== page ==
Nielsen also questioned Webster about his earlier testimony on Thursday that the reason he went to the front of the crowd outside the Capitol was because he had seen people with injuries and wanted to find out what was going on.

She asked why he made no mention of the injury inquiry during an interview with the FBI about five weeks after Jan. 6, noting that he had told agents it was his first protest so he wanted to get to the front.

Webster said he did not recall what he told them.

“To sit in an FBI office for the first time is pretty intimidating,” he said.

“For an NYPD officer of 20 years?” she quipped.

Prosecutors are expected to finish cross-examining Webster on Friday. U.S. District Judge Amit Mehta, an Obama appointee, is presiding over the case.

Webster, 56, of Goshen, New York, was arrested on Feb. 22, 2021, and was released to home detention in June. He is the fourth person charged in connection with the Capitol riot to take his case before a jury. 

He has pleaded not guilty to: assaulting, resisting, or impeding certain officers using a dangerous weapon; civil disorder; entering and remaining in a restricted building or grounds with a deadly or dangerous weapon; disorderly and disruptive conduct in a restricted building or grounds with a deadly or dangerous weapon; engaging in physical violence in a restricted building or grounds with a deadly or dangerous weapon; disorderly conduct within the Capitol grounds or buildings and an act of physical violence within the Capitol grounds or buildings.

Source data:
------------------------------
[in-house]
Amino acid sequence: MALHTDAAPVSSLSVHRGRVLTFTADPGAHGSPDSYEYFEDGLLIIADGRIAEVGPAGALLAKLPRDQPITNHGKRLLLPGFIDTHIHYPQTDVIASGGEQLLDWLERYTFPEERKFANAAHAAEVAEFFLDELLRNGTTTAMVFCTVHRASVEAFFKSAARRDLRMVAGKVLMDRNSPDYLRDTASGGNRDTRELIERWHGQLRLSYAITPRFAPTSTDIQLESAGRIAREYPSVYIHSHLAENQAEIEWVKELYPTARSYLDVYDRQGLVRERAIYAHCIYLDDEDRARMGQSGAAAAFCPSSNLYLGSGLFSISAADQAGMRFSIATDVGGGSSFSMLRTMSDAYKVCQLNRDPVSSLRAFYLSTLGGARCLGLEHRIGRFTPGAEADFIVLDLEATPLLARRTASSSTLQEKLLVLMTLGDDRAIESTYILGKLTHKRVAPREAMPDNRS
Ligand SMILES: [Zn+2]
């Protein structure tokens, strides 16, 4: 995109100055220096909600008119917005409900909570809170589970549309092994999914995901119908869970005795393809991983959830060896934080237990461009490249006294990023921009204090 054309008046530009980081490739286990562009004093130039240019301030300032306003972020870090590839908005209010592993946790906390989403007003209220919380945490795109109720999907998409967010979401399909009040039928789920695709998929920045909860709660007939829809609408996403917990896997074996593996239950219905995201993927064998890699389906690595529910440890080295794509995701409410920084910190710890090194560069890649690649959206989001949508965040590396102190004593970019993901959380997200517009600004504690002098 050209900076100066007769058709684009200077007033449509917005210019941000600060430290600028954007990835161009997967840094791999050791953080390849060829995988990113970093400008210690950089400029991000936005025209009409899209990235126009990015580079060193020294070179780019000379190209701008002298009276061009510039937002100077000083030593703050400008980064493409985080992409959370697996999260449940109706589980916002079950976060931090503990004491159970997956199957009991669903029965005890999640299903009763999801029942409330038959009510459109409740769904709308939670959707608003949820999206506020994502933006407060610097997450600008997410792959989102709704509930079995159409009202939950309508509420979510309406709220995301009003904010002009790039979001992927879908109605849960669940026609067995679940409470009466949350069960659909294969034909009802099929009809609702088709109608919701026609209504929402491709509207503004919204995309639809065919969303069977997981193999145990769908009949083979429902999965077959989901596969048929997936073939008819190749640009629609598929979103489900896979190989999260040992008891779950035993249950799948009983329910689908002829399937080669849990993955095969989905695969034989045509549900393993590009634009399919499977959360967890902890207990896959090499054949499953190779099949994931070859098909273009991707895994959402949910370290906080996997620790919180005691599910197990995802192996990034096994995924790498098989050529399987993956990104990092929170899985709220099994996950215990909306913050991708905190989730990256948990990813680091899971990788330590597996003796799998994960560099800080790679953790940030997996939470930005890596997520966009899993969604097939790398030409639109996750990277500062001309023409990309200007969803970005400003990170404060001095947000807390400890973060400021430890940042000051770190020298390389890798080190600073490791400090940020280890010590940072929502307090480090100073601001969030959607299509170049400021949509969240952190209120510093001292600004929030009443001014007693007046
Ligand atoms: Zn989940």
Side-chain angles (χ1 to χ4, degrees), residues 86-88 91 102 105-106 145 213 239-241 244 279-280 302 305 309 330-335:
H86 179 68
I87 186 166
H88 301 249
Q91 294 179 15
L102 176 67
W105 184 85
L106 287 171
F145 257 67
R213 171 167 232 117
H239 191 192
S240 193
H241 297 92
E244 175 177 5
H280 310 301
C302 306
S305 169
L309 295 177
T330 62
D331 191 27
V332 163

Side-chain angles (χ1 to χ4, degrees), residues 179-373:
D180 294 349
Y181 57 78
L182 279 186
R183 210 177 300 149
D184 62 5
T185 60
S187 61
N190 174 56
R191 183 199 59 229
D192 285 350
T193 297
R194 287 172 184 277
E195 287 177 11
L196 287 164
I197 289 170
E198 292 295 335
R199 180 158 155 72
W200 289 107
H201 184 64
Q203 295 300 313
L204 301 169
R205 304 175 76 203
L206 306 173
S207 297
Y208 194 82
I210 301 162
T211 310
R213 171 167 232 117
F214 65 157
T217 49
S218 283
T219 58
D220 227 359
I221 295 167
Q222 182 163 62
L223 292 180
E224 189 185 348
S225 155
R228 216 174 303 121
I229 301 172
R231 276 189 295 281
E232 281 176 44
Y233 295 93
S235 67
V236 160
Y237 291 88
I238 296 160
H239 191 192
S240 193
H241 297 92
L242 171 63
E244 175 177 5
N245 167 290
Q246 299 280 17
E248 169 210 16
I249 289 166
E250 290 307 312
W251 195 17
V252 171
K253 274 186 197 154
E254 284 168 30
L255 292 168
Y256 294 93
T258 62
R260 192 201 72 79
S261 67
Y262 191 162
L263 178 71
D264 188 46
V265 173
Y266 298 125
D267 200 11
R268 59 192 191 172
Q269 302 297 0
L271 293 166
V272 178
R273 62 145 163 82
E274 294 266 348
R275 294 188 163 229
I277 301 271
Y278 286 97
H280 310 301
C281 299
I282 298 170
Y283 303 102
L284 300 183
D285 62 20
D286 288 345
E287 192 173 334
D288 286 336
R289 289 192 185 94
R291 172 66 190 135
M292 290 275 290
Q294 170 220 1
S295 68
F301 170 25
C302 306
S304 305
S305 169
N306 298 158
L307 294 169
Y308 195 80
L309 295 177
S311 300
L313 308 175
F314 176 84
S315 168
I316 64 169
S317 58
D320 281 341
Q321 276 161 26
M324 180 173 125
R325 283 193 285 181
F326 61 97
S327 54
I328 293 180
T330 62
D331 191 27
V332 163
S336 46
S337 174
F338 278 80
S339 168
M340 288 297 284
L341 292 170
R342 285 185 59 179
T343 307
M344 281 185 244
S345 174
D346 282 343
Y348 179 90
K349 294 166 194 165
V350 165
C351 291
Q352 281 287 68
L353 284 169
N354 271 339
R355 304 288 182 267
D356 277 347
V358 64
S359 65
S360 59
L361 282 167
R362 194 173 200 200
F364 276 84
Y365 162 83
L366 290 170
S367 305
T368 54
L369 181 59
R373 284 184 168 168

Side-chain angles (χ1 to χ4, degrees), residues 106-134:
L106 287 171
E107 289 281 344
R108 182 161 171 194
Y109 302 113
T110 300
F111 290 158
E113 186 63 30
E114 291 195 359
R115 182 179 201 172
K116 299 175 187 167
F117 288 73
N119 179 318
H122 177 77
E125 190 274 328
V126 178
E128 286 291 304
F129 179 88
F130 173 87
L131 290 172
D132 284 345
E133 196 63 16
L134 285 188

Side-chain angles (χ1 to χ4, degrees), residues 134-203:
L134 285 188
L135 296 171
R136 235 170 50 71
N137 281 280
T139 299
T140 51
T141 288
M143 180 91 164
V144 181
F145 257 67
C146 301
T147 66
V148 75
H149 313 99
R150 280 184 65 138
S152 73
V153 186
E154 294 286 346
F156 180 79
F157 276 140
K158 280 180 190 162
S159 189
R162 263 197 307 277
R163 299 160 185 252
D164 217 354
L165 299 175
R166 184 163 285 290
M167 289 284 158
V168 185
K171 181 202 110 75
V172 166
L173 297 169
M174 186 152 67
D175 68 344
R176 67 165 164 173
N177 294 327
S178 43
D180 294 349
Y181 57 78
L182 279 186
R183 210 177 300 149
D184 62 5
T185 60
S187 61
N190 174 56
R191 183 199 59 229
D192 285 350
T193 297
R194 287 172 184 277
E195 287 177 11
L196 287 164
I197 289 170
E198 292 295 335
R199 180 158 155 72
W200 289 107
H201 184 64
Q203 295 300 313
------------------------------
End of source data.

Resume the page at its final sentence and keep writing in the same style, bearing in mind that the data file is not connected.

As of April 6, nearly 800 people have been charged in connection with the Capitol riot. Out of more than 250 charged with assaulting, resisting, or impeding officers or employees, at least 85 defendants have been charged with using a deadly or dangerous weapon or causing serious bodily injury to an officer.

Approximately 140 police officers were assaulted during the Capitol riot, including about 80 from the U.S. Capitol Police force and about 60 from the Metropolitan Police Department.

The FBI is still looking for more than 250 people who assaulted police officers during the insurrection.